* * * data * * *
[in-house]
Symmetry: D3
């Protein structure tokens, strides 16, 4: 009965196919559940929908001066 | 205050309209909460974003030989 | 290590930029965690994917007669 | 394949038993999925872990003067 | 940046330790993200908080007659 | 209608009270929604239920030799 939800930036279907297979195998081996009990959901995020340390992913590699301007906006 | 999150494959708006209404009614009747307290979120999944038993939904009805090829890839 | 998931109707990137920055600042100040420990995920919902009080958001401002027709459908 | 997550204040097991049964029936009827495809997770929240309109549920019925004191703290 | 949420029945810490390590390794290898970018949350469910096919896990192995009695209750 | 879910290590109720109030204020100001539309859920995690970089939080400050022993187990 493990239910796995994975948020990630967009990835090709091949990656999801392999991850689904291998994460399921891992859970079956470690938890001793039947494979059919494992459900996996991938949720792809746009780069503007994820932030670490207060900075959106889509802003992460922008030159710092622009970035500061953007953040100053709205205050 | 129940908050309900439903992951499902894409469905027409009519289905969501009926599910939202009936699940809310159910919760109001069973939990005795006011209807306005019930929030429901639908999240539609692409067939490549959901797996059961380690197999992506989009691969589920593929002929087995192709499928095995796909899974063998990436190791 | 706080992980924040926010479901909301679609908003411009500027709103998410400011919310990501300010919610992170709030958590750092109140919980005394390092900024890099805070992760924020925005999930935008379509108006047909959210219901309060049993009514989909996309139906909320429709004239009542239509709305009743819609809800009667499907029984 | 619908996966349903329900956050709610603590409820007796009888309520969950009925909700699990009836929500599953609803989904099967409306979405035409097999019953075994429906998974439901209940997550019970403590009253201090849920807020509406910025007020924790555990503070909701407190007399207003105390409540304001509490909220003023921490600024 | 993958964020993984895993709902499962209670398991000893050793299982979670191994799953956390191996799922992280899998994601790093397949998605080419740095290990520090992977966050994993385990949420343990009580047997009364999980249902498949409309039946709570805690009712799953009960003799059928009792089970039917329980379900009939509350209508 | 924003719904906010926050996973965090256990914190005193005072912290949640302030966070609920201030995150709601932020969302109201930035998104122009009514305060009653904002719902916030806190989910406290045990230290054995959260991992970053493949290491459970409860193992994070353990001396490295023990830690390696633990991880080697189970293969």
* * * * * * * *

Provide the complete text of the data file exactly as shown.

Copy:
[in-house]
Symmetry: D3
């Protein structure tokens, strides 16, 4: 009965196919559940929908001066 | 205050309209909460974003030989 | 290590930029965690994917007669 | 394949038993999925872990003067 | 940046330790993200908080007659 | 209608009270929604239920030799 939800930036279907297979195998081996009990959901995020340390992913590699301007906006 | 999150494959708006209404009614009747307290979120999944038993939904009805090829890839 | 998931109707990137920055600042100040420990995920919902009080958001401002027709459908 | 997550204040097991049964029936009827495809997770929240309109549920019925004191703290 | 949420029945810490390590390794290898970018949350469910096919896990192995009695209750 | 879910290590109720109030204020100001539309859920995690970089939080400050022993187990 493990239910796995994975948020990630967009990835090709091949990656999801392999991850689904291998994460399921891992859970079956470690938890001793039947494979059919494992459900996996991938949720792809746009780069503007994820932030670490207060900075959106889509802003992460922008030159710092622009970035500061953007953040100053709205205050 | 129940908050309900439903992951499902894409469905027409009519289905969501009926599910939202009936699940809310159910919760109001069973939990005795006011209807306005019930929030429901639908999240539609692409067939490549959901797996059961380690197999992506989009691969589920593929002929087995192709499928095995796909899974063998990436190791 | 706080992980924040926010479901909301679609908003411009500027709103998410400011919310990501300010919610992170709030958590750092109140919980005394390092900024890099805070992760924020925005999930935008379509108006047909959210219901309060049993009514989909996309139906909320429709004239009542239509709305009743819609809800009667499907029984 | 619908996966349903329900956050709610603590409820007796009888309520969950009925909700699990009836929500599953609803989904099967409306979405035409097999019953075994429906998974439901209940997550019970403590009253201090849920807020509406910025007020924790555990503070909701407190007399207003105390409540304001509490909220003023921490600024 | 993958964020993984895993709902499962209670398991000893050793299982979670191994799953956390191996799922992280899998994601790093397949998605080419740095290990520090992977966050994993385990949420343990009580047997009364999980249902498949409309039946709570805690009712799953009960003799059928009792089970039917329980379900009939509350209508 | 924003719904906010926050996973965090256990914190005193005072912290949640302030966070609920201030995150709601932020969302109201930035998104122009009514305060009653904002719902916030806190989910406290045990230290054995959260991992970053493949290491459970409860193992994070353990001396490295023990830690390696633990991880080697189970293969």